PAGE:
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Wednesday, June 18, 2014

Science Fiction and Stephen Hawking

Those who have followed my blog know I love this Golden Age of science and technology. So when Stephen Hawking, unarguably the brightest mind of this generation, was interviewed about artificial intelligence and imaginary time, I wanted a front row seat.

One of the things he mentioned is that science fiction writers have not yet used the theory of imaginary time in their plots. When asked why they haven't, he answered, "Because they don't understand it."

Definitely, imaginary time can be difficult to grasp. Imagine a line drawn on a piece of paper. At the far left end of that line is the "past" and at the far right end is the "future". In the middle is the "present". When you began reading this post, you were in the present but by the time you got to this paragraph, the reading of the first paragraph is already in the past. What you haven't yet read is in the future.

Now turn that solid line on the piece of paper into a cross, right down the center. Imaginary time is that vertical line. In positivist philosophy, along that vertical line are things we are present to witness as well as those we have not witnessed but we believe to exist anyway. For example, as you're reading this, you might be aware of your computer or mobile device, the room in which you're sitting or standing, sounds in the background - perhaps a television set, the air conditioner, overhead fans, traffic outside... All of that is time that you are witnessing.

Now consider a loved one - your father, mother, spouse, children, etc. They are not in the room with you at present and yet they are living out their own present elsewhere. That is the vertical line. It is all that is currently happening in the present that we do not witness ourselves and yet we believe that it exists.

Stephen Hawking takes this theory to an entirely new and complex level. In the Big Bang theory, for example, the universe began in an instant so miniscule that it could not be measured. It simply exploded into being. The explosion itself is still causing all matter in the universe - stars, planets, and all else - to move further and further apart. Prior to the Big Bang, there was no time because there was nothing but empty space.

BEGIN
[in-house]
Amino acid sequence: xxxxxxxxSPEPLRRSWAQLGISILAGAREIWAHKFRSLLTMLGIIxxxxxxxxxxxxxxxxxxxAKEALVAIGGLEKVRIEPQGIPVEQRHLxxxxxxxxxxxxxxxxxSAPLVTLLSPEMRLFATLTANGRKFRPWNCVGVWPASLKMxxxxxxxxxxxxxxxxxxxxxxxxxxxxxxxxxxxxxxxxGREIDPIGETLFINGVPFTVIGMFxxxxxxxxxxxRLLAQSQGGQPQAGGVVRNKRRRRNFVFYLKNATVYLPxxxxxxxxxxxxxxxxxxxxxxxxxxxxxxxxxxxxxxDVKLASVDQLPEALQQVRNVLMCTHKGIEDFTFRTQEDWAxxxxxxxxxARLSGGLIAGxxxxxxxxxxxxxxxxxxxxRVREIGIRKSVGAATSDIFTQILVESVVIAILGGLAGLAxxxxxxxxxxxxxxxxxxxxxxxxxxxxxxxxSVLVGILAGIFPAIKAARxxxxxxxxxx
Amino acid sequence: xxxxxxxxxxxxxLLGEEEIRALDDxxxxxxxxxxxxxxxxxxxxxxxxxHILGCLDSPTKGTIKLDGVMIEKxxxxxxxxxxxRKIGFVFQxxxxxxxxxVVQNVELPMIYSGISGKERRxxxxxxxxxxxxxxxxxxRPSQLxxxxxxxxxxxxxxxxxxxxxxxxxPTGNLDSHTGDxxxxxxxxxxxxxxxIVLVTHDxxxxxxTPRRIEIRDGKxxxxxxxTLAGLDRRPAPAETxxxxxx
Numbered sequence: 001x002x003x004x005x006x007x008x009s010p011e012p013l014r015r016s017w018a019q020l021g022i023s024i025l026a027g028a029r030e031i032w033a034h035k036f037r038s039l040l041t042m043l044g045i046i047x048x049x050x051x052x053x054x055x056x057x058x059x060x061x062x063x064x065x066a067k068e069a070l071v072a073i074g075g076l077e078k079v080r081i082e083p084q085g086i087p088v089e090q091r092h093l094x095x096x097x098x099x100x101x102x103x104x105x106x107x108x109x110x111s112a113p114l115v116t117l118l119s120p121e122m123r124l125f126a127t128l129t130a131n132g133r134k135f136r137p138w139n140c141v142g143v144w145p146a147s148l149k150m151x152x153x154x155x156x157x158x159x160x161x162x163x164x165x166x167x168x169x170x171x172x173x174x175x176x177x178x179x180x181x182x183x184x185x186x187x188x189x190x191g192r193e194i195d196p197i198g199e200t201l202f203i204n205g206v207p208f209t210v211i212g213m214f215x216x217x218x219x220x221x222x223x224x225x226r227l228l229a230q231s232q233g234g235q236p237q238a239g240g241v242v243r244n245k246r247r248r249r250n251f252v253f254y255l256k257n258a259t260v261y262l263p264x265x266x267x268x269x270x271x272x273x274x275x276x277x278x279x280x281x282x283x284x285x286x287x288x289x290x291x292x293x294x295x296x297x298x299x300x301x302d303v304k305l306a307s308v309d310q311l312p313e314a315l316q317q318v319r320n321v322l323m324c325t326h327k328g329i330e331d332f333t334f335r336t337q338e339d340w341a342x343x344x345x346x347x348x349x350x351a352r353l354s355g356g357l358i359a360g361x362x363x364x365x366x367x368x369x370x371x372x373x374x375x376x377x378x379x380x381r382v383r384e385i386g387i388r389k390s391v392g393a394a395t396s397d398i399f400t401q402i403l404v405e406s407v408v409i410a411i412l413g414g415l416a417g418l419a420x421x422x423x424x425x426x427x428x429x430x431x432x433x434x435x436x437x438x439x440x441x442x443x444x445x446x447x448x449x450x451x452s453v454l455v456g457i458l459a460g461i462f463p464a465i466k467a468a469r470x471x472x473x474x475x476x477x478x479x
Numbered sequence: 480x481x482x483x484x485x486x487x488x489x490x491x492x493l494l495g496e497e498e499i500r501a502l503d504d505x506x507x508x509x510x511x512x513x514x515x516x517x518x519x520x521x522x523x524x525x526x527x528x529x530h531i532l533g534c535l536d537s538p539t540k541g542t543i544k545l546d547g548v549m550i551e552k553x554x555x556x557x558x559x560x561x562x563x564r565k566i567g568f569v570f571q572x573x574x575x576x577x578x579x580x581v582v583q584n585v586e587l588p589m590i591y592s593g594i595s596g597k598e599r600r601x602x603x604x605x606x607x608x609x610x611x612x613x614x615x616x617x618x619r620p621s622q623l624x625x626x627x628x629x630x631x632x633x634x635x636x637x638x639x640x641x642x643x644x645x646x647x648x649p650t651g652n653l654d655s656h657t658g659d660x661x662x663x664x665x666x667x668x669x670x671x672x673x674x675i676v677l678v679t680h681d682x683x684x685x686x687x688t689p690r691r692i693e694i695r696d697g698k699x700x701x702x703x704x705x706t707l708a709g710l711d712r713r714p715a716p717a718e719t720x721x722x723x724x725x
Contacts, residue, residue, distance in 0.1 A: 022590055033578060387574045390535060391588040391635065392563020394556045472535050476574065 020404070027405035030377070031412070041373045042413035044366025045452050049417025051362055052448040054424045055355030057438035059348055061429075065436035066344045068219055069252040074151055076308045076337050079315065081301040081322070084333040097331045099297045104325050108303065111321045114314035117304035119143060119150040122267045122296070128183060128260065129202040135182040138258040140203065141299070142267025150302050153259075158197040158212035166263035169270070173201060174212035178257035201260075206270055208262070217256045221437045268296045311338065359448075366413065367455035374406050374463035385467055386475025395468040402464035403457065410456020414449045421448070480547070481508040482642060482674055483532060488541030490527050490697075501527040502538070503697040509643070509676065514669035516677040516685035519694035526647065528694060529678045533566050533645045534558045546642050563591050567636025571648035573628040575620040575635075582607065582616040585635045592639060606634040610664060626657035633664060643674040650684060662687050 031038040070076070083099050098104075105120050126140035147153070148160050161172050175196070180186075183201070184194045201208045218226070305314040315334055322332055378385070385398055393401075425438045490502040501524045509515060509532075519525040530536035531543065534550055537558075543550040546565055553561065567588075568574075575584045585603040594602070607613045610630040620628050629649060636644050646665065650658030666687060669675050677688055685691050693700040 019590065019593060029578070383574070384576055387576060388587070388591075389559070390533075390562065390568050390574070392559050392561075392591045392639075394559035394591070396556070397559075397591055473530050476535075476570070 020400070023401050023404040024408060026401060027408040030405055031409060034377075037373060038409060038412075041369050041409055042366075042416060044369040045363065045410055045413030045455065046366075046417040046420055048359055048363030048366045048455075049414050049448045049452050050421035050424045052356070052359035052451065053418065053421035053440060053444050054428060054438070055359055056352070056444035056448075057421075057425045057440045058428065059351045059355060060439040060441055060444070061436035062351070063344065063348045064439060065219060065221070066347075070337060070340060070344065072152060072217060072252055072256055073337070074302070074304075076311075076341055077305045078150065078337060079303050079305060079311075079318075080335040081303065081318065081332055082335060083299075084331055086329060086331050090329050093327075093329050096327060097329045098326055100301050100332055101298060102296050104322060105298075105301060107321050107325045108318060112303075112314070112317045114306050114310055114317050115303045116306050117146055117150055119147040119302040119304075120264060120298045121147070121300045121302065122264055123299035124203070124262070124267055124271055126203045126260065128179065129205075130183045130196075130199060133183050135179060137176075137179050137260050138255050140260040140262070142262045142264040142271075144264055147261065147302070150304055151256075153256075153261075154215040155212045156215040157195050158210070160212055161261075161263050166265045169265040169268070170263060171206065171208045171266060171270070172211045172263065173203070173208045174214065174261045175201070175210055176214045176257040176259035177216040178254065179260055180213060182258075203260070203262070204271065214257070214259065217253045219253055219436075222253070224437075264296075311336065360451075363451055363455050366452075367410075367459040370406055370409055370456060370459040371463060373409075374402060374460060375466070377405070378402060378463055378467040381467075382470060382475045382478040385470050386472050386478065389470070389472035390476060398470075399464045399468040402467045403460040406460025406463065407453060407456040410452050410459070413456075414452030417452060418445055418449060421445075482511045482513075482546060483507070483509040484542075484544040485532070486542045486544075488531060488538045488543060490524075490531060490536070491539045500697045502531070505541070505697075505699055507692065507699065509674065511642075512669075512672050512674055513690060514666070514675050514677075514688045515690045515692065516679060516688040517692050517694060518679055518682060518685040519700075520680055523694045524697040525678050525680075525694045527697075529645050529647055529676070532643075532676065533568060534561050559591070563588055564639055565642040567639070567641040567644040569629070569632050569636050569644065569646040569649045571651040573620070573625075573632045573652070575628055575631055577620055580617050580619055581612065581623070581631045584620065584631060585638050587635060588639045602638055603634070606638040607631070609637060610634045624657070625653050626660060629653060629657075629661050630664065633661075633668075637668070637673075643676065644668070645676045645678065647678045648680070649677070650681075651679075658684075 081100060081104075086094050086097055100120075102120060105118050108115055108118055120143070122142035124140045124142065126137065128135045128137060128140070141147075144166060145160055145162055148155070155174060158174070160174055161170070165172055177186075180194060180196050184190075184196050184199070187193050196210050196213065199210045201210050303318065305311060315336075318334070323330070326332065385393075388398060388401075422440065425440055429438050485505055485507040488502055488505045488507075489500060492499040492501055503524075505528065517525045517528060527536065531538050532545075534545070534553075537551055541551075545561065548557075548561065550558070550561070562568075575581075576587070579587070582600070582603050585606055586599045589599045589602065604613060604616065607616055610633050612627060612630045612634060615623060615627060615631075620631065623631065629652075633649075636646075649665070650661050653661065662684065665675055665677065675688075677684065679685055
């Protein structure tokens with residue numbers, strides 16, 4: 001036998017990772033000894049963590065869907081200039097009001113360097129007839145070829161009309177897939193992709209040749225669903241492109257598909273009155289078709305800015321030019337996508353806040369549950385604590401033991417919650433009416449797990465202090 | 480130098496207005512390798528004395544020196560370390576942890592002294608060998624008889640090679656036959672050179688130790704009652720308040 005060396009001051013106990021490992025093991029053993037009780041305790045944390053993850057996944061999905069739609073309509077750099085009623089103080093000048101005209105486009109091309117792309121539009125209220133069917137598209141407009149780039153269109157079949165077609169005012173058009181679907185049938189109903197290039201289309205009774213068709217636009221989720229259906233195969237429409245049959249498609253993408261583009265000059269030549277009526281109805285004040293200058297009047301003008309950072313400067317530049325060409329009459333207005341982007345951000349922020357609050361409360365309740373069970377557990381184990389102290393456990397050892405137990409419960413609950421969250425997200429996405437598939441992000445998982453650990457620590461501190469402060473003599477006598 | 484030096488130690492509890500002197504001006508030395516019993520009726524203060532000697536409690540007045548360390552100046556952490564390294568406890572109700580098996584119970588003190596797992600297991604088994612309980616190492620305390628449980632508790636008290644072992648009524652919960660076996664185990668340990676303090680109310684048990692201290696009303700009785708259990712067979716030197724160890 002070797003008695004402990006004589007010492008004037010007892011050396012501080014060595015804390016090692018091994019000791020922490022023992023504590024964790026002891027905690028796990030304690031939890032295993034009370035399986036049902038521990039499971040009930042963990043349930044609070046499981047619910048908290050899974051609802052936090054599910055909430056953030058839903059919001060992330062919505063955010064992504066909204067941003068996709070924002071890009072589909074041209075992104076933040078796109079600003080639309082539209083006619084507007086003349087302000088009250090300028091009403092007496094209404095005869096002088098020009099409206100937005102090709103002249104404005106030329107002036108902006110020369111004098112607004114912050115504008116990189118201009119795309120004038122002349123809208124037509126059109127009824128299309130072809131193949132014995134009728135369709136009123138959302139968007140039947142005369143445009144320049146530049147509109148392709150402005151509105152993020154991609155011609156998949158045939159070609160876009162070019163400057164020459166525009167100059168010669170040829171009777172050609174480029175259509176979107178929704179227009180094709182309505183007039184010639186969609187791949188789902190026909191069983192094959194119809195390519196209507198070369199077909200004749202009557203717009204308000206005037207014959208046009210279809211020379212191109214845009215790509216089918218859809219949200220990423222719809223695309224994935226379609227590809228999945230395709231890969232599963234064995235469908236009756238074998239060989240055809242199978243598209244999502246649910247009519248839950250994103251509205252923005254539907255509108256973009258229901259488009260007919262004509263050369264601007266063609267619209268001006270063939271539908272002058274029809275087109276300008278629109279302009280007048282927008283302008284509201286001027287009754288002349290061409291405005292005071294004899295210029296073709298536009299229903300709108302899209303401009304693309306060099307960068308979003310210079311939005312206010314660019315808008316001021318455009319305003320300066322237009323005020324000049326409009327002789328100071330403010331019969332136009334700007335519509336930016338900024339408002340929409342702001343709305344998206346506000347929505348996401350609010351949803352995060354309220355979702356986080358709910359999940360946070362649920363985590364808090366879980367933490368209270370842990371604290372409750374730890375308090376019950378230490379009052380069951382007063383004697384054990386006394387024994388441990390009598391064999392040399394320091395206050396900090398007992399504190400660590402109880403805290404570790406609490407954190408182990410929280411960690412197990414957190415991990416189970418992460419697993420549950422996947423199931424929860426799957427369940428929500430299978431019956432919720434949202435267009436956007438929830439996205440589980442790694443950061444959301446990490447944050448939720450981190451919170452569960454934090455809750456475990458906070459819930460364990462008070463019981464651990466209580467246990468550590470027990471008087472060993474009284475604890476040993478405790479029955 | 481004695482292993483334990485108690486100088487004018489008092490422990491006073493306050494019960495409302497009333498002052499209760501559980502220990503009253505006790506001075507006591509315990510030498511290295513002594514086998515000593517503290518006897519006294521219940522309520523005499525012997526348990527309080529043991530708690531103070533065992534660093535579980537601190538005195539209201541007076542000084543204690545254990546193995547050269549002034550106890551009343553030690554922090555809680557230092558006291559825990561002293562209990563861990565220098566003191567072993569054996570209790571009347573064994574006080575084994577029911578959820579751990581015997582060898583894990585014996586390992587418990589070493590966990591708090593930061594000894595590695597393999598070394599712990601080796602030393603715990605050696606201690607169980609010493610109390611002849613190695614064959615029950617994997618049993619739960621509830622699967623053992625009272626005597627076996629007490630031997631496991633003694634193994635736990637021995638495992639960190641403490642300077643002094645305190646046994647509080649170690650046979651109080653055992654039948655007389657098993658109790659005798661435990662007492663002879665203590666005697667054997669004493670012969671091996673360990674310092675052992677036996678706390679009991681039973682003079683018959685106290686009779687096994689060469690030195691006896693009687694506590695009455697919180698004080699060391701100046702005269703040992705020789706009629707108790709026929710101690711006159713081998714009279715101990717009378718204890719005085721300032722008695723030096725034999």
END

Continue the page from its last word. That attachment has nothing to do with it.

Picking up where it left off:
But other physicists theorize that the Big Bang that created our universe is only one of billions - that all stars die and when they do, they first are compressed into an area that perhaps would fit on the tip of a needle - before exploding into something our minds can't even fathom, like thousands or millions of atomic bombs. With each explosion (and they occur every day) new matter is formed, along with dark matter and dark holes.

In quantum physics, if you return to that vertical line on the piece of paper, it theorizes that billions upon billions of things are occurring at this exact moment, even though you can't witness it directly. This could mean that there are countless universes, parallel worlds... even worlds that are just beyond our noses but we can not witness them with our physical bodies and capabilities, just as we can not witness what is going on in a different geographical location but we believe that life carries on there nonetheless.

To a science fiction writer, the theory of imaginary time presents a myriad of possibilities, by leaping through to different worlds or watching events unfold simultaneously. The question would then be if the horizontal line shows the past, the present and the future, how would those simultaneous events along the vertical line impact the future? To write such a science fiction plot would require advanced knowledge of the theory of imaginary time; something Isaac Asimov could do with seeming ease.

If you're interested in an interview with Stephen Hawking where he talks about imaginary time, artificial intelligence and more, here's a video below: